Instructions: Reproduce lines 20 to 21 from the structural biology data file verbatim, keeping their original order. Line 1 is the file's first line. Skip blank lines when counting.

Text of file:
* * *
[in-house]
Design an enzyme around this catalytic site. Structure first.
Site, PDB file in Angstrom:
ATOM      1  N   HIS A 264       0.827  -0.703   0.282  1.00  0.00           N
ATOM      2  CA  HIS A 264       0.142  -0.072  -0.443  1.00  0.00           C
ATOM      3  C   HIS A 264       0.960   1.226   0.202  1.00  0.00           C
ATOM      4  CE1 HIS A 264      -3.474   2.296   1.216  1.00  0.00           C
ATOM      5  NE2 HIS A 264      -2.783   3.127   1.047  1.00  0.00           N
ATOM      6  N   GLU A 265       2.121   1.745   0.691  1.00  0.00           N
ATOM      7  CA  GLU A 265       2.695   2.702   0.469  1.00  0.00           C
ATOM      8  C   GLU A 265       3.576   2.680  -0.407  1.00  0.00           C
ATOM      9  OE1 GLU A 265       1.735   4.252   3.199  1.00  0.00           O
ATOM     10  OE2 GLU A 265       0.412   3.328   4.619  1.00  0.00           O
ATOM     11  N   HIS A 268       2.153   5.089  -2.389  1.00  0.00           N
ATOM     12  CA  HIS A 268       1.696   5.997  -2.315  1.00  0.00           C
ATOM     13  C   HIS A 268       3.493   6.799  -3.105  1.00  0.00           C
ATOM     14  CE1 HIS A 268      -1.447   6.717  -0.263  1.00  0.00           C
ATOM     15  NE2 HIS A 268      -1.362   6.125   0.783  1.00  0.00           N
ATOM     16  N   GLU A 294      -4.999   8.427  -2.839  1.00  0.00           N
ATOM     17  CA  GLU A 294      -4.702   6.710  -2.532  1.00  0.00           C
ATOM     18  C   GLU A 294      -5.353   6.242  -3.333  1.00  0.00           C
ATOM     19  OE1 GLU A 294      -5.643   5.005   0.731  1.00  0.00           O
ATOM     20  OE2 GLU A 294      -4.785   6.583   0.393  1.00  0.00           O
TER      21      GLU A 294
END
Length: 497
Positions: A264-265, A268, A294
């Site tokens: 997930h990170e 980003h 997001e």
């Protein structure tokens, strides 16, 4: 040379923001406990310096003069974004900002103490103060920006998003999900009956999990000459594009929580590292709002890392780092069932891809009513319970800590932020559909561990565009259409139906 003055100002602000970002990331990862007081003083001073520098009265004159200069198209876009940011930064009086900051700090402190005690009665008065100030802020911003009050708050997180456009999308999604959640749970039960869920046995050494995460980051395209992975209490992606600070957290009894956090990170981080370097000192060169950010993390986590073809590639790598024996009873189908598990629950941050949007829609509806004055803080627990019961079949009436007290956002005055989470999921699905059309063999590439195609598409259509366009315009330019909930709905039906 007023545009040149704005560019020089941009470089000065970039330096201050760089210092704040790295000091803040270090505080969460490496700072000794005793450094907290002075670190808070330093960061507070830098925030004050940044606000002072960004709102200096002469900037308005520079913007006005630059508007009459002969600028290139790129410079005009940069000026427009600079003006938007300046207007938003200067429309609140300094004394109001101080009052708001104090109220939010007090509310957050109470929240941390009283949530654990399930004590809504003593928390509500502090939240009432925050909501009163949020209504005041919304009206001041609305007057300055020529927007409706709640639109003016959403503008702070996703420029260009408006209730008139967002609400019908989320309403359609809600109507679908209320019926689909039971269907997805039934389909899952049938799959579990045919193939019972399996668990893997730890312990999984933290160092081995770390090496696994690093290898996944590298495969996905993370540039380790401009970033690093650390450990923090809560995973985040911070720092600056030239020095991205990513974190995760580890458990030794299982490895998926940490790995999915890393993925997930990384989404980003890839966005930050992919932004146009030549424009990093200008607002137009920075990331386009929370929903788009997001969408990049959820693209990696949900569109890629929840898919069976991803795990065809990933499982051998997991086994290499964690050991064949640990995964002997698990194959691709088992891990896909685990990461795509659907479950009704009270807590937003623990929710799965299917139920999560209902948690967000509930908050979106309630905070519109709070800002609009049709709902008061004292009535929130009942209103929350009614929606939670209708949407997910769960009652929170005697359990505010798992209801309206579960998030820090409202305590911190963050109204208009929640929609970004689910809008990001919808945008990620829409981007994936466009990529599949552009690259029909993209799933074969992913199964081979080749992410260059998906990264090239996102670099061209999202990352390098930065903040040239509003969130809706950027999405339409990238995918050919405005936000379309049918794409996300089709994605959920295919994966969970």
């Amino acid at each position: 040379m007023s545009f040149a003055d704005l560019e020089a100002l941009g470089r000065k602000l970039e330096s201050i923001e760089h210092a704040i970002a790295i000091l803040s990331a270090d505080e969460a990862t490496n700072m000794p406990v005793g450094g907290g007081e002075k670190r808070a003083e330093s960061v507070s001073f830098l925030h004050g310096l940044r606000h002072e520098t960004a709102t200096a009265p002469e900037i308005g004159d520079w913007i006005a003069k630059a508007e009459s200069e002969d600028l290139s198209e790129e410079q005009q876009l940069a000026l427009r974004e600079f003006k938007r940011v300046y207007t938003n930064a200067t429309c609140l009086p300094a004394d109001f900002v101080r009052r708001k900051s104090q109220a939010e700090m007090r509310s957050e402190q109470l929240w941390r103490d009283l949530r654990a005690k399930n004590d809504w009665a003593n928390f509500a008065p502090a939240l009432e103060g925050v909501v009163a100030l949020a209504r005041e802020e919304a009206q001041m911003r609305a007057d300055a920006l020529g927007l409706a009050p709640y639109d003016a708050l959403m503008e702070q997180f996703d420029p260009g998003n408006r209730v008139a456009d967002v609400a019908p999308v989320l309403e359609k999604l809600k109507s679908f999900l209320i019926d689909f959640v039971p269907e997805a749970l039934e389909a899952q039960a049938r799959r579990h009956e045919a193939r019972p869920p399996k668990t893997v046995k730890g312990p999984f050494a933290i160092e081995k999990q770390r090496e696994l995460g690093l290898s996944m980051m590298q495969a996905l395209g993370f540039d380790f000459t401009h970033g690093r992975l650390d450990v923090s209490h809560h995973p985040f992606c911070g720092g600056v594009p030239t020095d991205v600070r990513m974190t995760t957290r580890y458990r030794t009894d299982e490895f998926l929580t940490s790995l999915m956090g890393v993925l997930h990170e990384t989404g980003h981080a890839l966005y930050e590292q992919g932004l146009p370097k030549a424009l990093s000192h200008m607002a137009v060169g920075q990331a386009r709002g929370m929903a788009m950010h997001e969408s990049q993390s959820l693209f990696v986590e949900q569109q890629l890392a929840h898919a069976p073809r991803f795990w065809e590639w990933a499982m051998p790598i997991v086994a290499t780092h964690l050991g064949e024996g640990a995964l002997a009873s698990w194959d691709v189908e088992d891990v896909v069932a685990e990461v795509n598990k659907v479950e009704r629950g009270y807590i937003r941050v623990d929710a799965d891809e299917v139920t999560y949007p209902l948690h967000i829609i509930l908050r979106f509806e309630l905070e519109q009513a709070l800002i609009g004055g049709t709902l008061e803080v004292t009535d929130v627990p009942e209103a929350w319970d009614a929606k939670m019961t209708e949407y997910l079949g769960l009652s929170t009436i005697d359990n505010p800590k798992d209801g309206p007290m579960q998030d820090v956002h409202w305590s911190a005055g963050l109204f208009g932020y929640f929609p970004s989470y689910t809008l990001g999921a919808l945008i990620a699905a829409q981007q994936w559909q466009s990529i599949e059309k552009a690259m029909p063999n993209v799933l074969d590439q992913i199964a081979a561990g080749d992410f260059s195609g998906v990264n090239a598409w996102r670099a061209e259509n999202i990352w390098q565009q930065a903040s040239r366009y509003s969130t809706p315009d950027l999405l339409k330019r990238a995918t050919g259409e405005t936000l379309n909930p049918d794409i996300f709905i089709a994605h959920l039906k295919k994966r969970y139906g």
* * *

ATOM     17  CA  GLU A 294      -4.702   6.710  -2.532  1.00  0.00           C
ATOM     18  C   GLU A 294      -5.353   6.242  -3.333  1.00  0.00           C